W3C home > Mailing lists > Public > www-lib@w3.org > July to September 2000

Re: bug in HTTCP.c

From: Jens Meggers <jens@meggers.com>
Date: Tue, 8 Aug 2000 09:30:52 +0200
Message-ID: <002e01c0010a$95064250$1002a8c0@pille>
To: <jose.kahan@w3.org>
Cc: <www-lib@w3.org>

You are right, it is better to use the error codes given by WSAAsyncSelect()
to fix the problem. As soon as I have some time left, I will have a look on
it, how to fix it in the best way.

Best Regards,


----- Original Message -----
From: <jose.kahan@w3.org>
To: "Jens Meggers" <jens@meggers.com>
Cc: <www-lib@w3.org>
Sent: Monday, August 07, 2000 5:47 PM
Subject: Re: bug in HTTCP.c

> Hello Jens,
> I was able to reproduce the bug you signaled. It doesn't occur under Unix.
> Your patch may work OK in some cases. However, to make it more robust, I
> think we should use the system error codes so that we can really detect
> when there was an error in the connection.
> The problem seems to be in trying to do succesive connects() to find out
> if there was an error. While this works under Unix, it doesn't work well
> under Windows.
> Further reading of the WinSock API reveals that when using WSAAsyncSelect,
> the errors are given in the lParam of the callback. We can get these
> error codes using the WSAGETSELECTERROR macro.
> I did a small test and changed the async window event handler in
> so that the error returned by WSAGETSELECTERROR would be copied using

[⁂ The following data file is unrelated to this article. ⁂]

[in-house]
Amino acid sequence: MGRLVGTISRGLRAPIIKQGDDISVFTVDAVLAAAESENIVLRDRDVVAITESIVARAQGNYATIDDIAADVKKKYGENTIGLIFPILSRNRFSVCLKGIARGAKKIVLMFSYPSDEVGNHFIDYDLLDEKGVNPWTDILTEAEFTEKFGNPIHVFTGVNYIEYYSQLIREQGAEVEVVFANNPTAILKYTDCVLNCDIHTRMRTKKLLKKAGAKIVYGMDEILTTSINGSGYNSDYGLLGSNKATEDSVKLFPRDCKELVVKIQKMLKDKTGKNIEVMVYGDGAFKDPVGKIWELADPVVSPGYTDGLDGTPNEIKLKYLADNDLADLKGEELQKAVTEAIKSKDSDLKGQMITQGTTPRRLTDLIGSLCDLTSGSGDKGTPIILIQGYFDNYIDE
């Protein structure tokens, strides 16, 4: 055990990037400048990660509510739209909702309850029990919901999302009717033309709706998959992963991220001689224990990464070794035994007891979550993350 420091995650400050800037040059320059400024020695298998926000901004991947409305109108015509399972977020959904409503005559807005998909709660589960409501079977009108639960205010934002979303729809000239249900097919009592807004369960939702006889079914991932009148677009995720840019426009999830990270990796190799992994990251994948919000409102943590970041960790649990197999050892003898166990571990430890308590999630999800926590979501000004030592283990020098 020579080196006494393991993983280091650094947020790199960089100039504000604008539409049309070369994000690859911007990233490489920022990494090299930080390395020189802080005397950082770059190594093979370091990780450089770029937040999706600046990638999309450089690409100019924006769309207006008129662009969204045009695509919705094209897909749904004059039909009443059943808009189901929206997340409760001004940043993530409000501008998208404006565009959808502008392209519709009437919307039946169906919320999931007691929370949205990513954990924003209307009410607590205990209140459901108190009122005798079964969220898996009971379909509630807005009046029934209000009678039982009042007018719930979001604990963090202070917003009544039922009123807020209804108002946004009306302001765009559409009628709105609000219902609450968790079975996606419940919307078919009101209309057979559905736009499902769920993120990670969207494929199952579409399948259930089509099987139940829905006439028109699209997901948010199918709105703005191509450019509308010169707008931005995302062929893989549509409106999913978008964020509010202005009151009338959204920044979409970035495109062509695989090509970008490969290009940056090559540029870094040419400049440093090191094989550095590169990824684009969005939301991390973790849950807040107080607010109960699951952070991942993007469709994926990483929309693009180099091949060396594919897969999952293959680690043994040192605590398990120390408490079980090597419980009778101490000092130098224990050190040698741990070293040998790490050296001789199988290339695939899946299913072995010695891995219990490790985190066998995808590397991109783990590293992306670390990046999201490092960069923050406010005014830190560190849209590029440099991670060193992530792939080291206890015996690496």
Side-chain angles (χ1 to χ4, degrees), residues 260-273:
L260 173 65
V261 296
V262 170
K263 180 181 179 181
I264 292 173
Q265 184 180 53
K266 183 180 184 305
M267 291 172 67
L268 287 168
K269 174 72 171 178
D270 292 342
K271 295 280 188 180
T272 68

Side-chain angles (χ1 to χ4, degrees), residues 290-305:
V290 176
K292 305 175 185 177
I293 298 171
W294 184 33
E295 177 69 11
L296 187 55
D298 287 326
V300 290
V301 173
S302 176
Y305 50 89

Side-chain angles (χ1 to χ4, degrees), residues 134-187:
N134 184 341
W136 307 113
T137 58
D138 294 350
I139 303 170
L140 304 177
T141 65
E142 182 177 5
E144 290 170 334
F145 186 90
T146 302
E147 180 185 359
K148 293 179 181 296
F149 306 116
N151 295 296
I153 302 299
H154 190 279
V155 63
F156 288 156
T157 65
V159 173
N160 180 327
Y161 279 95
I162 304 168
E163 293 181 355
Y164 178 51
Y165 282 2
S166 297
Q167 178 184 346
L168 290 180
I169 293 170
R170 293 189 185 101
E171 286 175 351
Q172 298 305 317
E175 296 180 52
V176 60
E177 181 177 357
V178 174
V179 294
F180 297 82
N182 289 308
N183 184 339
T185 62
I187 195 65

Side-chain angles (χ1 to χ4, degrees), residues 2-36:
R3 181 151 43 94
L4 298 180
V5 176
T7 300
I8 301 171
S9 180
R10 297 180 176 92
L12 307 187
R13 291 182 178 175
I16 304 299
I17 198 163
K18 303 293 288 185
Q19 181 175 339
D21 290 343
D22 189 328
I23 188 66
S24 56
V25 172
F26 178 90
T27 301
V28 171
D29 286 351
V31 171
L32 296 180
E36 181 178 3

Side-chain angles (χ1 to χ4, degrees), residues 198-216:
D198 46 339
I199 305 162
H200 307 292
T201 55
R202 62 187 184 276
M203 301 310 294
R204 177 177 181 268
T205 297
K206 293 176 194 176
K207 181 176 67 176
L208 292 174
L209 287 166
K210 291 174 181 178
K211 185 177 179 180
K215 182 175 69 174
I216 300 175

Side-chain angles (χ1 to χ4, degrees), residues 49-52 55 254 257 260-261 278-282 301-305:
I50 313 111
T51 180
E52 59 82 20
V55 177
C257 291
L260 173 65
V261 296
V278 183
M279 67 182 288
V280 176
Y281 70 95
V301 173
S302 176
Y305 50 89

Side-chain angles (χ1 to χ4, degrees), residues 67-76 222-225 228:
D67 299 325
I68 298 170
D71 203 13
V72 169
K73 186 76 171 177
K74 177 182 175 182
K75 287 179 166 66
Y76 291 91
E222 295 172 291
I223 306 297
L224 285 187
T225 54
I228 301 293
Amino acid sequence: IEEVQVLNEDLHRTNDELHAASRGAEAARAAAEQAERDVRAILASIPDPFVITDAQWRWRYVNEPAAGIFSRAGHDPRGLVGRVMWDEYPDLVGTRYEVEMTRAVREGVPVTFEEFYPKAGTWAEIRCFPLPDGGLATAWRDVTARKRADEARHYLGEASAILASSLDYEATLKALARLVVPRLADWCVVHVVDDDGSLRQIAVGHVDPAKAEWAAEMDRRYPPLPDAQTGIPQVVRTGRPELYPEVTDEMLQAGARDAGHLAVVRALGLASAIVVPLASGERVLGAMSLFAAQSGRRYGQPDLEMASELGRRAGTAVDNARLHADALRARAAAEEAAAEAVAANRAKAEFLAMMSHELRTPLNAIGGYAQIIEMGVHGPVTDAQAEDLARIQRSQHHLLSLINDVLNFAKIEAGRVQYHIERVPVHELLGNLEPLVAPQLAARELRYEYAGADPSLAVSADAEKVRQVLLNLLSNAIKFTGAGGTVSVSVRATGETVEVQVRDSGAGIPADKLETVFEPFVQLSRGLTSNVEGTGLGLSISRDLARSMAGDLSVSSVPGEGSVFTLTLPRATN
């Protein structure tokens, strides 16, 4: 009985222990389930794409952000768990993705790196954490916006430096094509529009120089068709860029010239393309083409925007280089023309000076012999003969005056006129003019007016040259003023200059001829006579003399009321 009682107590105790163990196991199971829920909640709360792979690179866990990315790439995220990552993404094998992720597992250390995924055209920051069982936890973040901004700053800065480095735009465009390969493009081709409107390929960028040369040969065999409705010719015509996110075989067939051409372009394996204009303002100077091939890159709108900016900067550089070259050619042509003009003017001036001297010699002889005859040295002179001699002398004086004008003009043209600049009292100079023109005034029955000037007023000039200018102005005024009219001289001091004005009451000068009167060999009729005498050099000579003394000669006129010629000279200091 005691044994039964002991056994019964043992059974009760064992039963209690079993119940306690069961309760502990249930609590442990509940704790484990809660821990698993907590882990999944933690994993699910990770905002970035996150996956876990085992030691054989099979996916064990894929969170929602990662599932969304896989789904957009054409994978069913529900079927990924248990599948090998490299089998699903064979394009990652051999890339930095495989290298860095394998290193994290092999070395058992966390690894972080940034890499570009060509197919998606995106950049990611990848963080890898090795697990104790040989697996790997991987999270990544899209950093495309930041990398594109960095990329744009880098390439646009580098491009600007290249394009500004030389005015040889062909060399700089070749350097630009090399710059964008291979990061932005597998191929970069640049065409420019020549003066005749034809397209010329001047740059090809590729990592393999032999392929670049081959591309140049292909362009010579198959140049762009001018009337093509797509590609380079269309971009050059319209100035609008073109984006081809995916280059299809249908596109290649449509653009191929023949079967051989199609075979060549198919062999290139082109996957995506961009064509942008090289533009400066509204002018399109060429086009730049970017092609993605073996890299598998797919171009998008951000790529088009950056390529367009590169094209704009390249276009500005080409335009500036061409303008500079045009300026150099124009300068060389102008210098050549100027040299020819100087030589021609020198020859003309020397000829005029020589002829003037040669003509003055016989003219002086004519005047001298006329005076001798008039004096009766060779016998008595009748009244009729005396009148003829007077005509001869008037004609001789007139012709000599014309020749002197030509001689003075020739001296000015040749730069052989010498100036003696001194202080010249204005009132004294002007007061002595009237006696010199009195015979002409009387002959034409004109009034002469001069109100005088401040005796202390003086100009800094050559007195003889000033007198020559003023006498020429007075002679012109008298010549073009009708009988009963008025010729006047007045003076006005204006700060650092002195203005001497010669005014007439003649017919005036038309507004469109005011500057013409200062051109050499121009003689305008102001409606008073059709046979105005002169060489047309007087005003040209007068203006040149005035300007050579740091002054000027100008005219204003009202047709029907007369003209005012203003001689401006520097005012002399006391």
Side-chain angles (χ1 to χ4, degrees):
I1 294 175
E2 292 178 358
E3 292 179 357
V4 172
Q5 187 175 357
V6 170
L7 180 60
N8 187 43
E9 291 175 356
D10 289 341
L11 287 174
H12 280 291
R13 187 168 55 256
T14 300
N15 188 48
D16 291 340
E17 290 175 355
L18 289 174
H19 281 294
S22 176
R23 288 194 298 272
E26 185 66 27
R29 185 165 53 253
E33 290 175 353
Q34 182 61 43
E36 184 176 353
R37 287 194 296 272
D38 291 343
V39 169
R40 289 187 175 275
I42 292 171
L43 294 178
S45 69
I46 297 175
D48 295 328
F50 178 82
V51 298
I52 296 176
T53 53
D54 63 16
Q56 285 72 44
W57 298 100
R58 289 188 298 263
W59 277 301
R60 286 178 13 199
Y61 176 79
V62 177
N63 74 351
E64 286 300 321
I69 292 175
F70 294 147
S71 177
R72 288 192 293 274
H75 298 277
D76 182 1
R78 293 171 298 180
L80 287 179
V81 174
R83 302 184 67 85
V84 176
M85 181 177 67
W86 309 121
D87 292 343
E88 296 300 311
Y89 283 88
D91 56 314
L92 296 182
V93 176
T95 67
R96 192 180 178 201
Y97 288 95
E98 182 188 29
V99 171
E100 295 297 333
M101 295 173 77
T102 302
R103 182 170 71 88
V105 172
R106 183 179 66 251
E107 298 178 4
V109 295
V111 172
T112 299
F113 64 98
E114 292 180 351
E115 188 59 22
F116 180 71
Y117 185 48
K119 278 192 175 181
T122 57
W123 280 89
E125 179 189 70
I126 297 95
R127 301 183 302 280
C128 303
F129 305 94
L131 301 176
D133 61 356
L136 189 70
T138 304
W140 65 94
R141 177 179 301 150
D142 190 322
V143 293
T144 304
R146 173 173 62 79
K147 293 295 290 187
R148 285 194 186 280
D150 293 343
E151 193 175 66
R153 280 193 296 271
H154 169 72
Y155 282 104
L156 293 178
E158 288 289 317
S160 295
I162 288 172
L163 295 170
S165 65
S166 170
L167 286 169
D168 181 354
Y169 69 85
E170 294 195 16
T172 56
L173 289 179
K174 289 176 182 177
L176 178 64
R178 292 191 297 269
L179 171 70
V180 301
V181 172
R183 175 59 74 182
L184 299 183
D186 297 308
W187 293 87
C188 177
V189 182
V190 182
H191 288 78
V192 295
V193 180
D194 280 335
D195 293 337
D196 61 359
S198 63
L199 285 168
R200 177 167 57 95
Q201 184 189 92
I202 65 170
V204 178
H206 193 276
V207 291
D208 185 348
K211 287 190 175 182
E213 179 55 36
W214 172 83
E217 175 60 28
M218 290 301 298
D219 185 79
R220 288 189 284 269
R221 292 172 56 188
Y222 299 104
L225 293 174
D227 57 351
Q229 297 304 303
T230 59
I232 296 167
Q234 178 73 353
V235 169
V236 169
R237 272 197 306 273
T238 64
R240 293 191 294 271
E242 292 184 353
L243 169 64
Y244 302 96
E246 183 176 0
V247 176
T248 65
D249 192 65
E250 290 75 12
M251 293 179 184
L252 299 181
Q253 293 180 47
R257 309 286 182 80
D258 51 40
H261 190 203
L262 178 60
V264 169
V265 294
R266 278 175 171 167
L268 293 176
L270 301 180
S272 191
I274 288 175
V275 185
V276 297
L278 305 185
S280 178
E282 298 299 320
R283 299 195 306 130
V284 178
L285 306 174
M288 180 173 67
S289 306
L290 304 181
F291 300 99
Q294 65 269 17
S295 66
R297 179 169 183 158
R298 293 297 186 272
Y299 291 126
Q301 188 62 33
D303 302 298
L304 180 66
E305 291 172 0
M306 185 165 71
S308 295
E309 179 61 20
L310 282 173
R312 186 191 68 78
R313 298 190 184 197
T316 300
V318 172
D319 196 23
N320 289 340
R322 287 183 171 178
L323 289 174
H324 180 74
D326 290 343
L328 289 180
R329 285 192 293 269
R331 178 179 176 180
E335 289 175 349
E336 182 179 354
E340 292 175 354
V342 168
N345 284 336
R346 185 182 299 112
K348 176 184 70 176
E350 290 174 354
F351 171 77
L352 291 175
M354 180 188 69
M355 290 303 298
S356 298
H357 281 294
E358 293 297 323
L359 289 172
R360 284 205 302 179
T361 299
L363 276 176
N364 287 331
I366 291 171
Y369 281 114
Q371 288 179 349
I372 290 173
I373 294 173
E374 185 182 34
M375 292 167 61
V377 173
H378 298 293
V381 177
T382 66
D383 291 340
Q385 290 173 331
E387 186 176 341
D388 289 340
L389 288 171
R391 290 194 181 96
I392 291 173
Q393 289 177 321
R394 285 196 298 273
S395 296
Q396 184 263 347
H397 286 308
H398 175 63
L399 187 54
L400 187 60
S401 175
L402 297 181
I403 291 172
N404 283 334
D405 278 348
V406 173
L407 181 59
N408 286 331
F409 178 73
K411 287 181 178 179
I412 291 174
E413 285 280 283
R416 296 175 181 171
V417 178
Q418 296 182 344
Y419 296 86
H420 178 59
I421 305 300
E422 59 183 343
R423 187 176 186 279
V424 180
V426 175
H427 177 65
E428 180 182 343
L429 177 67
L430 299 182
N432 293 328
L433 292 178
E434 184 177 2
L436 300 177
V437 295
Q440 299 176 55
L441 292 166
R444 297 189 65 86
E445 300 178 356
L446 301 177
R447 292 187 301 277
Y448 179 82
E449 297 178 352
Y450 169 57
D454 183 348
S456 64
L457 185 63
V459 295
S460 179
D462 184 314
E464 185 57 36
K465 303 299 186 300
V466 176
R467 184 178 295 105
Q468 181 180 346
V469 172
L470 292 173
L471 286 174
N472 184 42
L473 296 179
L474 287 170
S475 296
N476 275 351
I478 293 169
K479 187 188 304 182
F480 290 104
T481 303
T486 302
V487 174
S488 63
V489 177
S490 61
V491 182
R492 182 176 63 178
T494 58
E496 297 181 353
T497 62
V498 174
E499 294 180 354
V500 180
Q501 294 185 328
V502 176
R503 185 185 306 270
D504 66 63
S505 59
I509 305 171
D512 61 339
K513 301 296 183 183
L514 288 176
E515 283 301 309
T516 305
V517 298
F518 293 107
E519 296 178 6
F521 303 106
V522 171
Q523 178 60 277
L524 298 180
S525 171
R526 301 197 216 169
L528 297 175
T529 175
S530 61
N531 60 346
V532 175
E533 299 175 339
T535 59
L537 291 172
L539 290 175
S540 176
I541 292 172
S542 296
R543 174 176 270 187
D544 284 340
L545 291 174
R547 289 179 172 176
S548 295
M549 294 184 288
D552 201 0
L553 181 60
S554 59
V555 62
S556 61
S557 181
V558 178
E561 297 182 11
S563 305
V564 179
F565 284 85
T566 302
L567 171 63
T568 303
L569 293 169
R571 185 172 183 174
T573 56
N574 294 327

> WSASetLastError. I then changed the HTDoConnect() so that is socerrno
> is set, I won't call connect, but set the status to SOCKET_ERROR right
> I was then able to catch the errors that you describe.
> I'm not sure if using WSASetLastError() is the best way to catch the
> According to the doc, the WSASet/GetLastError() only indicate the last
> socket error in the thread where we're calling them.
> We could also change the HTEvent_dispatcher function and pass the lwparam
> a parameter.
> What do you think? I'm not sure what's the best way to proceed now.
> Jens, do you have some time to work on this?
> Thanks,
> -Jose
> In our previous episode, Jens Meggers said:
> >
> > When HTDoConnect() enters the state TCP_NEED_CONNECT, it starts
connect(). On Win32, the results is always WSA_WOULDBLOCK because the TCP
connection is not initiated immediatly. The event system simply calls that
code portion again after receiving a FD_CONNECT event. Thus, the conenct()
is called again and again, always returning WSA_WOULDBLOCK. It seems that
the retry-counter of HTHost.c provides the right solution to stop connection
retries after some time, however the counter seems not to be used and is not
set up.
Received on Tuesday, 8 August 2000 03:31:56 UTC

This archive was generated by hypermail 2.3.1 : Tuesday, 6 January 2015 21:33:53 UTC